Definition of quality of earnings: The extent to which the profits reported by a company are likely to recur as they are driven by the core operating activities of the business.
What is quality of earnings?
Quality of earnings is a lense through which we can analyse how news about a companies latest profit will be interpreted by investors.
Earnings with high quality, are those which are almost entire driven by the underlying profit from the business’s core activity, such as buying and selling widgets.
Earnings with low quality will include items that are one-off in nature and are either attributed to luck or an uncontrollable event. Examples include:
- A gain on the disposal of a strategic asset such as a subsidiary
- A gain or loss arising from a significant and favourable change in foreign exchange rates during the year
- A gain from complex accounting which doesn’t relate to the underlying trade of the business, for example the reversal of a goodwill impairment.
Furthermore, we can apply quality of earnings analysis to determine whether an increase in the reported profits of a business in their financial statements should lead to a large or small increase in the value of that company.
An introduction to quality of earnings
The principle which underpins quality of earnings, is that the core operations of a business is like a well oiled machine.
Sales tactics tend to continue to work, costs continue to remain controlled, and therefore a business which turns out a profit in one year, is quite likely to turn out a profit (or even a higher one) in the next. Gross margin is usually a very stable ratio.
This means that investors don’t just see a business as the value of its next years profit – they see a business as a whole series of profits, stretching out into the distant time horizon.
By buying shares, investors are owning the right to receive dividends based on these future years, and hopefully – growth.
Therefore, if a company generates a profit of £1m from its core operations, then the business may be valued on the basis of £1m profits per annum into the foreseeable future.
That being said, businesses don’t just stick to their core operations.
- Sometimes they experiment with new product lines
- Sometimes a one-off opportunity occurs to generate more revenue temporarily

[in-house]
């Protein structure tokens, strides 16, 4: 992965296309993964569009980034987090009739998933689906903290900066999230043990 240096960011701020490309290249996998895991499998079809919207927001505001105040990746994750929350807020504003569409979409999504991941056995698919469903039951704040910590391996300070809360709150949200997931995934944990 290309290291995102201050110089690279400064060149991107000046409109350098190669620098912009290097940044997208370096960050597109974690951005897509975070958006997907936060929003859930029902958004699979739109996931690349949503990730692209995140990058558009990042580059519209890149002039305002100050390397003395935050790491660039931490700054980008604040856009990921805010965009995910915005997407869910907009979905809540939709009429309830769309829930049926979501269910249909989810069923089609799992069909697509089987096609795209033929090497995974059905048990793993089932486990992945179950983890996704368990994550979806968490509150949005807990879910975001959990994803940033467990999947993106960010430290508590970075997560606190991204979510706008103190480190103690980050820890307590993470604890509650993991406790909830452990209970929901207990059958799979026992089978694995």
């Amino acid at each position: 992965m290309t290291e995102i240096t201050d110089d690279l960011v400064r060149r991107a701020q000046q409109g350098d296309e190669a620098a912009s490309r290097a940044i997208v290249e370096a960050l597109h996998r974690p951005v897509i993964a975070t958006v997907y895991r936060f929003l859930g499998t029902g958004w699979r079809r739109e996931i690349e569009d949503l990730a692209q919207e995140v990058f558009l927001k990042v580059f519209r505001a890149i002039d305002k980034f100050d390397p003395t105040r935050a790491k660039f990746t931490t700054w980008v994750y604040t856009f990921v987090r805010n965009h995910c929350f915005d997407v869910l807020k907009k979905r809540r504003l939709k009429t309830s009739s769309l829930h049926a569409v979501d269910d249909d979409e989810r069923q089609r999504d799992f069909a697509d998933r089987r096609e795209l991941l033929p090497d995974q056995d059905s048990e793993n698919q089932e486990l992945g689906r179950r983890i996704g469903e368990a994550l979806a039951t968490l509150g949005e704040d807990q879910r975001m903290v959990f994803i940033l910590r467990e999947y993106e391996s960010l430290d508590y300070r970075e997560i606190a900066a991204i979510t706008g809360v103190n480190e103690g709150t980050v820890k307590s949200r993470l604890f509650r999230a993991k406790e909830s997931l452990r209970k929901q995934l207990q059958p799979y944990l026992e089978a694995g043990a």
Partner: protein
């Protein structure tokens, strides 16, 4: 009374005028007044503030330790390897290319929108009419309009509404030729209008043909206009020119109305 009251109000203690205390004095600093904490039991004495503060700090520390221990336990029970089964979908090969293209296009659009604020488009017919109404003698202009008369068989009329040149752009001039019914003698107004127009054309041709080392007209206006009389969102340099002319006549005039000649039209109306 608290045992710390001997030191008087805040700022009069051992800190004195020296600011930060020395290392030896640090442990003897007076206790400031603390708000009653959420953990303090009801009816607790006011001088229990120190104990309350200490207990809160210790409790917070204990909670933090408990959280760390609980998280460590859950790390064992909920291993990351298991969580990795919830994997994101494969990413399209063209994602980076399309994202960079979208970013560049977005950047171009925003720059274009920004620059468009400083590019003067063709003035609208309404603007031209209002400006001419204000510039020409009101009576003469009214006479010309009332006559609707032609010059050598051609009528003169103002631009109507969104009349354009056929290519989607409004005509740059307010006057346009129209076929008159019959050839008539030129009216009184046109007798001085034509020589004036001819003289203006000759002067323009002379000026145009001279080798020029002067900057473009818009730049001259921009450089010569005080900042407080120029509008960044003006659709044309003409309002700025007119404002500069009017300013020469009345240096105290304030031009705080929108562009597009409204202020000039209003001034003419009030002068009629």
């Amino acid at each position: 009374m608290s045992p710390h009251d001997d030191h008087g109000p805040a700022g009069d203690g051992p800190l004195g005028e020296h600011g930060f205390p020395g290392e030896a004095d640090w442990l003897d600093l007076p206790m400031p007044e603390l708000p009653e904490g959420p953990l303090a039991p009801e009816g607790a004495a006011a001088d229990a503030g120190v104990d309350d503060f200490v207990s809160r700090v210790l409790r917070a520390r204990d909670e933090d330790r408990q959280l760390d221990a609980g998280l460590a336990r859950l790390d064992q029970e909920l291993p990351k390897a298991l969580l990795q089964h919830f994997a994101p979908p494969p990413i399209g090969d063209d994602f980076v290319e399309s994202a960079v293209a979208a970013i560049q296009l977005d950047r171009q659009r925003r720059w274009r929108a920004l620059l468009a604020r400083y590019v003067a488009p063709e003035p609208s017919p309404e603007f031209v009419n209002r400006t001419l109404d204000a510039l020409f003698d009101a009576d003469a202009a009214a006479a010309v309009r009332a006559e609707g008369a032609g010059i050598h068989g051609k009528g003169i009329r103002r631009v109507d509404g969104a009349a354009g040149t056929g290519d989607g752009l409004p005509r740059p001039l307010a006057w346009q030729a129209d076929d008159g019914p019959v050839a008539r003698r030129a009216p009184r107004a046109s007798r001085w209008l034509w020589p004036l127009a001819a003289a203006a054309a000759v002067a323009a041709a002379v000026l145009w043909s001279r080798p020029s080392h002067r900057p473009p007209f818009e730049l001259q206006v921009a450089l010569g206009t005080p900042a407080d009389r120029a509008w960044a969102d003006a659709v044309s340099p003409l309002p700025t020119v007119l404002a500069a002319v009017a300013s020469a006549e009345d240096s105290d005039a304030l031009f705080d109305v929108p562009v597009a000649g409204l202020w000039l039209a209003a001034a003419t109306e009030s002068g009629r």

- Sometimes the accounting rules (such as IFRS) can result in a large profit being recognised which isn’t reflective of underlying trade.
Quality earnings analysis
These one-off blips in profit are a distraction for equity investors.
They may be prepared to pay for 10 times the core annual profits of the business, on the assumption that the business will continue to churn that profit out for decades to come.
However a one-off windfall, like success in a legal case or a temporary surge in sales due following news coverage, won’t receive the same treatment.
Investors will not be prepared to pay 10 x this uplift in profits, because they don’t believe it will recur in the future.
Therefore a quality of earnings analysis, often presented as a table or waterfall chart, will begin with the profit reported in accordance with generally accepted accounting principles. It will then add or deduct one-off items which are either unconnected with the core business or is not expected to re-occur.
This will reach an adjusted profit figure, which will be the basis on which a shareholder might value the company.
How is the phrase quality of earnings used in a sentence?
“Quality of earnings has suffered this year as the gain on the sale of the old factory has inflated the profit reported in the income statement.”
What else you should know about quality of earnings
Quality of earnings analysis tables are performed both internally and externally of a company.
Internally, management are interested in quality of earnings because they don’t want to be lulled into a false sense of security by misreading an uptick in profits. If an uptick is only the result of a temporary items, then they would rather have visibility over the underlying picture.
Externally, analysts will perform a quality of earnings analysis before reaching a conclusion as to whether a new reported financial result is actually an outperformance relative to the market’s expectations. If adjusted earnings are lower than expected, then higher GAAP profits may be almost disregarded by shareholders and won’t encourage them to buy more shares.
How does the definition of quality of earnings relate to investing?
Quality of earnings is a useful concept which helps to cut through the noise and volatility in a companies reported profit over the years, to look at how its core business is actually performing.
It’s often the core business which produces the majority of long term income and profits, yet small short term items can easily mask the underlying trend.